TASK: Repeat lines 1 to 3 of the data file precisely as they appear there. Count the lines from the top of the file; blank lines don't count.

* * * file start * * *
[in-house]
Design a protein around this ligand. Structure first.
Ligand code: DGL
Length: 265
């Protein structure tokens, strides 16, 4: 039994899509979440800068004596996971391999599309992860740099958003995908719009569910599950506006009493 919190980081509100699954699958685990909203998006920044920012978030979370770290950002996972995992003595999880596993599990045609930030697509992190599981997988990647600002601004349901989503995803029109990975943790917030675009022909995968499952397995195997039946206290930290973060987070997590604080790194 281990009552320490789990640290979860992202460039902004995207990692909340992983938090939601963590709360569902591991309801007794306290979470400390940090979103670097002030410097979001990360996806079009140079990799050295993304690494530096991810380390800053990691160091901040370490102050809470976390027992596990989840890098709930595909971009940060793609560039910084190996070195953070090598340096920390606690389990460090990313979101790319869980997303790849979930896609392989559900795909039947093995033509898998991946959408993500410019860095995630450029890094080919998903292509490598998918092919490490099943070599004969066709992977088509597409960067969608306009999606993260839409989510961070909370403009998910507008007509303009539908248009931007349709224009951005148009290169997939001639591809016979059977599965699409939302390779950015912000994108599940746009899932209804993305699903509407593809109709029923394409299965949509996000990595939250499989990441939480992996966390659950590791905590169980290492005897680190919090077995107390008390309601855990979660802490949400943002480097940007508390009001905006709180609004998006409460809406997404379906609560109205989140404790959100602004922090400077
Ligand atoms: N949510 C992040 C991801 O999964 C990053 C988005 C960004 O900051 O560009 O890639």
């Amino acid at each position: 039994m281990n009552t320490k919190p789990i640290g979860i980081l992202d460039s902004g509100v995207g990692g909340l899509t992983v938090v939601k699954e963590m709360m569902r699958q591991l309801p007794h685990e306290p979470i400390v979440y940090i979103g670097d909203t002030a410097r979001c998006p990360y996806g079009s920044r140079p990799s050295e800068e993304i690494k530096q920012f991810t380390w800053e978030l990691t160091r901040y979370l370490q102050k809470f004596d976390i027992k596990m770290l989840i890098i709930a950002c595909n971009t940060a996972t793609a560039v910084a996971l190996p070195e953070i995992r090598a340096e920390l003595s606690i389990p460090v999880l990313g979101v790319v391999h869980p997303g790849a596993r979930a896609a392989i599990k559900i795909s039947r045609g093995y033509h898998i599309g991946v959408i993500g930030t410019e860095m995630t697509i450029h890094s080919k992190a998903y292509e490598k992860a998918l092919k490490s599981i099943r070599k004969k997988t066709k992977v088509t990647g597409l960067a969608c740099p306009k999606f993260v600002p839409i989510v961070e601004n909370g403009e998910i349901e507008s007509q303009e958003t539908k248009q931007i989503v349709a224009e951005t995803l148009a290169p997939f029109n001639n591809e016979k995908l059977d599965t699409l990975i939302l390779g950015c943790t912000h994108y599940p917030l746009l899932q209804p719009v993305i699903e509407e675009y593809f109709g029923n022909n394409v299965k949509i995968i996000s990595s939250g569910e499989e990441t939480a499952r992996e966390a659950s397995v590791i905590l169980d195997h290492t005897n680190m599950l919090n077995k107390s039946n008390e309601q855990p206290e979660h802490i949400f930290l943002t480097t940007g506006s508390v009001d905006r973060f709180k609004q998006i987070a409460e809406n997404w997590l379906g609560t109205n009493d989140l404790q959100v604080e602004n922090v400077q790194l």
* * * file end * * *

[in-house]
Design a protein around this ligand. Structure first.
Ligand code: DGL